Tomorrow morning will mark the first anniversary of my deconversion, which is oddly fitting given that today celebrates Martin Luther King, Jr. Free at last, free at last – thank…well, you get the point. I think that moment was a liberating one for me in a lot of ways, so the notion of freedom resonates with me right now.
It feels like I should take an opportunity to note the occasion, which has had a significant impact on my life. I’m a bit apprehensive about making this anything big – it’s sort of a remnant of “born-agains” who commemorate their “second birthday,” i.e. the day they got “saved” – but I think having an opportunity to reflect is a worthwhile thing in its own right.
I’m not going to go into detail about the last year for me; that was largely done in my year-in-review post. But I do think there’s something I’ve missed along the way that I need to admit to myself.
When I first came out to my wife and saw her beginning to react negatively, I told her what I hoped would be reassuring: “I’m still the same person you married. I’m not different now; I just believe something different now. It shouldn’t be a big deal.”
I think there’s a white lie in this statement. On that day a year ago, I did change. Granted, I think it was a change for the better, and my wife probably isn’t so confident about that, but it would be false to say that I am that same person in the fullest sense of the term.
I don’t think I was wrong to underscore to my wife that my deconversion needn’t change the nature of our relationship, but it has – not irrevocably or irreconcilably, but it has changed the way we interact with each other. We have a new understanding, and there have been – still are and will be – adjustments made. But that is a different question of who I am now.
I don’t like to say that I “lost my faith.” I don’t even like to say that I lost my religion. And I didn’t “find reason” that day; I had been acquainted with logical reasoning before this, even in a more systematic and analytical way.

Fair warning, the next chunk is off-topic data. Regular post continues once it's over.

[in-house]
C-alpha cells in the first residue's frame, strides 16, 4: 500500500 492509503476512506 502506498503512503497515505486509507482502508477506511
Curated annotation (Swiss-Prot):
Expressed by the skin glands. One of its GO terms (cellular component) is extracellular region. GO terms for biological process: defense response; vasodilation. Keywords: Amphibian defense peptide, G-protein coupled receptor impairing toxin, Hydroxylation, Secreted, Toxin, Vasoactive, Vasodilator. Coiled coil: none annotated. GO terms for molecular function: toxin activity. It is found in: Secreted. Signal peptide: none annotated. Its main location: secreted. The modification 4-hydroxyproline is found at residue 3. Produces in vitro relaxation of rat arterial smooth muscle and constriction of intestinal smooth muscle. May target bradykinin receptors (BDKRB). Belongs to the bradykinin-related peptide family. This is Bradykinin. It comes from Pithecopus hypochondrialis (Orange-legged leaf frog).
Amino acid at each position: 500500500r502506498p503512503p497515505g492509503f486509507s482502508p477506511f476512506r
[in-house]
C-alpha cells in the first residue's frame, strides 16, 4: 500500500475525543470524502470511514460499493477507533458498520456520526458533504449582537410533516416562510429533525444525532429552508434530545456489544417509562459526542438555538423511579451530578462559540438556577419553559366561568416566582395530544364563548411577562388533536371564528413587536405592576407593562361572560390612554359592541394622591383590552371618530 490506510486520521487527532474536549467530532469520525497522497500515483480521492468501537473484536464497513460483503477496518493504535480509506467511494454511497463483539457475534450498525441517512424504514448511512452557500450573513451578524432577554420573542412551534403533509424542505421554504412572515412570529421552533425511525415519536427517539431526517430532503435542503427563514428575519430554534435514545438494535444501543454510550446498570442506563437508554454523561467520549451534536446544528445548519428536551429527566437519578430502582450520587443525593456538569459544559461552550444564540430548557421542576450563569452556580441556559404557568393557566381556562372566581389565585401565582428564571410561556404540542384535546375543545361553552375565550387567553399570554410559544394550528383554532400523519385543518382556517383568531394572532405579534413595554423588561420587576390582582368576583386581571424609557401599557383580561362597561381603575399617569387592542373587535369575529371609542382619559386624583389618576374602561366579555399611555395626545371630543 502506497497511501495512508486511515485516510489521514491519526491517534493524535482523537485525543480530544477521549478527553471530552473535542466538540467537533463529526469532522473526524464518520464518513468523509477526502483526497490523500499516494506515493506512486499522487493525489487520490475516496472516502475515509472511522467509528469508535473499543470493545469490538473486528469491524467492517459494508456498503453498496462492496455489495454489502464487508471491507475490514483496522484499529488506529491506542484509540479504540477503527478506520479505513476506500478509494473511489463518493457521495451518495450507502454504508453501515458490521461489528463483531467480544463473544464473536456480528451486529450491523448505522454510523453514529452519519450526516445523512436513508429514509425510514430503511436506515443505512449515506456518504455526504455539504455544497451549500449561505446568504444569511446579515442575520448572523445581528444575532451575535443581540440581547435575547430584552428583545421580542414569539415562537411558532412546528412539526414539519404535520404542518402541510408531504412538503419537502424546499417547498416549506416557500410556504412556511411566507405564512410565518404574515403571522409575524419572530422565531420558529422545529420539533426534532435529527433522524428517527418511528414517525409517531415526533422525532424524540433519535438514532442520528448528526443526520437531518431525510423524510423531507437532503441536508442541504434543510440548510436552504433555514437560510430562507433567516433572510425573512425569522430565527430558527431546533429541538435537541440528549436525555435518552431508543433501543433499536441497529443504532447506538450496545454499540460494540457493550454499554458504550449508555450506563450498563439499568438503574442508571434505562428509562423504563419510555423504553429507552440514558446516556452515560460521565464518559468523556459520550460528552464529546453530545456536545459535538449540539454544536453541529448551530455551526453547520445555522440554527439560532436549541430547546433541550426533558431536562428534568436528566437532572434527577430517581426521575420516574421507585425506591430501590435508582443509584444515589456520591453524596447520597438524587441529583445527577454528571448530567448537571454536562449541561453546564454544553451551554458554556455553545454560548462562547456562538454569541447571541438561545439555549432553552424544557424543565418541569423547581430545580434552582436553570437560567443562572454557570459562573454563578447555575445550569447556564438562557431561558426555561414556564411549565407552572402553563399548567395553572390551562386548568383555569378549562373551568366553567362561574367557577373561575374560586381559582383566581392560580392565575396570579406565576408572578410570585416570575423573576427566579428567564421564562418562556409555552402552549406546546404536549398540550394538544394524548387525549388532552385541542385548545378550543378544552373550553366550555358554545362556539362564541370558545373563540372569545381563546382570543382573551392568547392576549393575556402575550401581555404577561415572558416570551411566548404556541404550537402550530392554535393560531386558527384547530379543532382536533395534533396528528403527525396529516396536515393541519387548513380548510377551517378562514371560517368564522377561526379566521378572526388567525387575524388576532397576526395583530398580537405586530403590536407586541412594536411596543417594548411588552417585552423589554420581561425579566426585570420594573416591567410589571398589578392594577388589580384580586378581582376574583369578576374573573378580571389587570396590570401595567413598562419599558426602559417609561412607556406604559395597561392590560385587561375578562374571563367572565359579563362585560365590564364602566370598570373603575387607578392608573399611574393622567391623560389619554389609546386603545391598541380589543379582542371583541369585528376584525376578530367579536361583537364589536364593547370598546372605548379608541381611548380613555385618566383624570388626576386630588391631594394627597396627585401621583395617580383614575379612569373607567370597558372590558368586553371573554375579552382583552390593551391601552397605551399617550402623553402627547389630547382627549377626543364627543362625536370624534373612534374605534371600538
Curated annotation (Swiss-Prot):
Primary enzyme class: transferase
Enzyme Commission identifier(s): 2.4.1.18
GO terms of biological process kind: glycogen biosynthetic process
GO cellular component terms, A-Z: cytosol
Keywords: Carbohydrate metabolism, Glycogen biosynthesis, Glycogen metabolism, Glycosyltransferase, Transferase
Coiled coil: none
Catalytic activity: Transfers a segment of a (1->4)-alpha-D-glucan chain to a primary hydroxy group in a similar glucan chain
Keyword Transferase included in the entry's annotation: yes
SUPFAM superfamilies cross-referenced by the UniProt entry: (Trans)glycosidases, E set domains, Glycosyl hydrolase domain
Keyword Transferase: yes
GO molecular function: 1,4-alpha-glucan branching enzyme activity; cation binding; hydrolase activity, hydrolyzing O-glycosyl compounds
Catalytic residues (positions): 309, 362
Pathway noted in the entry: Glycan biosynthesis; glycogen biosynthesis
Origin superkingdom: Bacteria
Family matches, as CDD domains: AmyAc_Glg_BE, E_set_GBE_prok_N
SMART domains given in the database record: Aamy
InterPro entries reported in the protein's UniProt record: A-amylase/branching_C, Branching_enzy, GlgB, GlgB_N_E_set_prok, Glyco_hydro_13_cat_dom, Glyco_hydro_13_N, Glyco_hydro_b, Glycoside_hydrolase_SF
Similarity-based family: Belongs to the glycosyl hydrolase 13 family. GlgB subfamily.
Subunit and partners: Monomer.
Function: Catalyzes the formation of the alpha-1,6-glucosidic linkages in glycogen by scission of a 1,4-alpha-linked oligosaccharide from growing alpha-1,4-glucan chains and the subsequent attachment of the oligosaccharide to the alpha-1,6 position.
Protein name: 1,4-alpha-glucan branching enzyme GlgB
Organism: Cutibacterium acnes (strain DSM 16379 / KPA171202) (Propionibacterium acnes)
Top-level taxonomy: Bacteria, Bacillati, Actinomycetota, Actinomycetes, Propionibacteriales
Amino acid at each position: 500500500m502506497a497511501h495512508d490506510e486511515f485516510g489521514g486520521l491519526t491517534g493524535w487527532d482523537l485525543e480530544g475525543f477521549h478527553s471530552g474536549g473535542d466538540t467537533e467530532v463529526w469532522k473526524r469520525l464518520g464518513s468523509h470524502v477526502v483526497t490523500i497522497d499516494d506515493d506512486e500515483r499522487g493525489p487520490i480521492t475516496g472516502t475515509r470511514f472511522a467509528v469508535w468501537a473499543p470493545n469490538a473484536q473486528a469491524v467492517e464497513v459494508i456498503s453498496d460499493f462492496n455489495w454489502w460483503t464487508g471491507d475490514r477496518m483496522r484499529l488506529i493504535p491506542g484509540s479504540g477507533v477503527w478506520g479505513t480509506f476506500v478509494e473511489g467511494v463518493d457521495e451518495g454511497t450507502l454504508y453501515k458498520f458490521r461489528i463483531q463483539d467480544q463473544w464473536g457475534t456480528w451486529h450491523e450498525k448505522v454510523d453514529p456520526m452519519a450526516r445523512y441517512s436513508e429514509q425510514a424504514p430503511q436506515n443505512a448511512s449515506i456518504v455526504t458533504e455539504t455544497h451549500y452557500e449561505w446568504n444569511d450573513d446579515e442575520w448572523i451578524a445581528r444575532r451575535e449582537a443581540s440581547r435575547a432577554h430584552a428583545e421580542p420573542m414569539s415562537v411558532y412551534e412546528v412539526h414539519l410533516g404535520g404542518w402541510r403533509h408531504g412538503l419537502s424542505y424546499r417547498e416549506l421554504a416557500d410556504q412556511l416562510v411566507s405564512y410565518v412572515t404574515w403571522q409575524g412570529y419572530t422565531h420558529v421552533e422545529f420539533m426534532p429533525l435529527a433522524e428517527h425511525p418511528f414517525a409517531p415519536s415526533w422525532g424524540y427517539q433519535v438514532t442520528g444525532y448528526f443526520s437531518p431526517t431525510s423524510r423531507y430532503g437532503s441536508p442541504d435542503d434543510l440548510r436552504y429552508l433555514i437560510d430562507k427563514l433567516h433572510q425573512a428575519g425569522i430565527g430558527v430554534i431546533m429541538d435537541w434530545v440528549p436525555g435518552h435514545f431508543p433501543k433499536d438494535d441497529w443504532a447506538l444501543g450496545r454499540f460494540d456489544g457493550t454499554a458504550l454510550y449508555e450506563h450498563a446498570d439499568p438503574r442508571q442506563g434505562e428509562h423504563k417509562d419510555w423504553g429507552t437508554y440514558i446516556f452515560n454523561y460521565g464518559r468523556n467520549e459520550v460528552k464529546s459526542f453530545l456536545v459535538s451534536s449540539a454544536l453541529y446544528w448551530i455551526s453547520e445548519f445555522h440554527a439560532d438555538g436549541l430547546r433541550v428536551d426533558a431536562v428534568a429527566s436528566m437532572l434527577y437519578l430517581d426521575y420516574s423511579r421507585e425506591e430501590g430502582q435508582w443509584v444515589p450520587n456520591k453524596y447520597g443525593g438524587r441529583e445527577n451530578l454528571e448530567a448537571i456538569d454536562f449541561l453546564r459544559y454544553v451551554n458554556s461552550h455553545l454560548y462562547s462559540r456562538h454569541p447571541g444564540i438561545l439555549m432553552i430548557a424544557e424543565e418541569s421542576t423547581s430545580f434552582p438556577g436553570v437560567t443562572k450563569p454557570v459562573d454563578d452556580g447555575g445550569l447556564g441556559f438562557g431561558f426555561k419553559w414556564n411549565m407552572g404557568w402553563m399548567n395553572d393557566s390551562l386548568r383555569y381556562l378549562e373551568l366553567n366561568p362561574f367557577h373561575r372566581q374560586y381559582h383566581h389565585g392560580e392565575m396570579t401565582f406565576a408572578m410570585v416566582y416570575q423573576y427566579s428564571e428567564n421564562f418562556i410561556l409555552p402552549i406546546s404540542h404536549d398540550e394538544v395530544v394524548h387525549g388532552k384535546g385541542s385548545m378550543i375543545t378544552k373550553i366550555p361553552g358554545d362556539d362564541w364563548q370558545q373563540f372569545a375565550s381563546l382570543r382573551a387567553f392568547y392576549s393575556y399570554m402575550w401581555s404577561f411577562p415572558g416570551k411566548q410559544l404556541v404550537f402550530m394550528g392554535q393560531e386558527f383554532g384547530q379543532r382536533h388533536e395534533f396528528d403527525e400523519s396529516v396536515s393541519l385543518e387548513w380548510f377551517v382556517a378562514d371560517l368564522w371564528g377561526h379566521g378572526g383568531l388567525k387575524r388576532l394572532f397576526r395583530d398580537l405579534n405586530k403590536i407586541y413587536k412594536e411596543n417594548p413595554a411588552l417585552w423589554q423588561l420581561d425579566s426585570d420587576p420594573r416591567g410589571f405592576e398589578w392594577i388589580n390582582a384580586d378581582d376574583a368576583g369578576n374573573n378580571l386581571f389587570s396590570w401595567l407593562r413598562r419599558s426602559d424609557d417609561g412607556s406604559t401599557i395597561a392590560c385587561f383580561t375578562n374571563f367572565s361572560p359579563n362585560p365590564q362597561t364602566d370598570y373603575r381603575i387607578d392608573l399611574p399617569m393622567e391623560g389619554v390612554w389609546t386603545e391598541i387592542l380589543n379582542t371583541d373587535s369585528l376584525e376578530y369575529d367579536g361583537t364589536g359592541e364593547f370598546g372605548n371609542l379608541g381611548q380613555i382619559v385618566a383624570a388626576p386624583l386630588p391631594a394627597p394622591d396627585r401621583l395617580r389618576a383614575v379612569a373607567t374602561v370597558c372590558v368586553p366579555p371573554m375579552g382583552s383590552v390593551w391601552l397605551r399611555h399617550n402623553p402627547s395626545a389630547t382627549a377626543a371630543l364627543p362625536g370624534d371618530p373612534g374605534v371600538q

What happened is that my compartments broke down. Reason was in my brain, and it demanded access to every chamber. My defenses, long cultivated from a lifetime of religious upbringing, finally gave in, and I was able to apply my skeptical attitude to my religious views. And what do you know? They couldn’t pass muster. So here I am.
And I’m a different person in at least one meaningful sense: I can now say that I am a more rational person than I was a year ago. I didn’t suddenly become rational, nor am I entirely rational all of the time, but on the average, what I do, believe, value is more rational, more comprehensible, and more intellectually honest.
Part of me is irritated that it took me so long, but I’ve come to the conclusion that that can’t be helped. No one in life gets to determine what they are met with, and people have more difficult situations, stronger shackles to bind them to their religion.
So as I commemorate my Day of Epiphany (so to speak), I do so with the thought of those who are trying to be rational and honest but have had obstacles erected in their way, whether indoctrination or ignorance or other factors (or a combination). Reality isn’t perfect, but it is what exists. Hopefully, there is someone else out there who’s been presented with a situation where they can break free of those things that hold them back from a more rational view of the world.
But if you’re a person in that situation, let me just say: Abandoning religion hasn’t made me a happier person. It hasn’t transformed my life in unequivocally positive ways, but I can honestly say that I think about my thoughts with less conflict and tension than I ever did as a Christian, even when I held pretty much orthodox beliefs. It’s not a panacea; it’s simply a reward in its own right.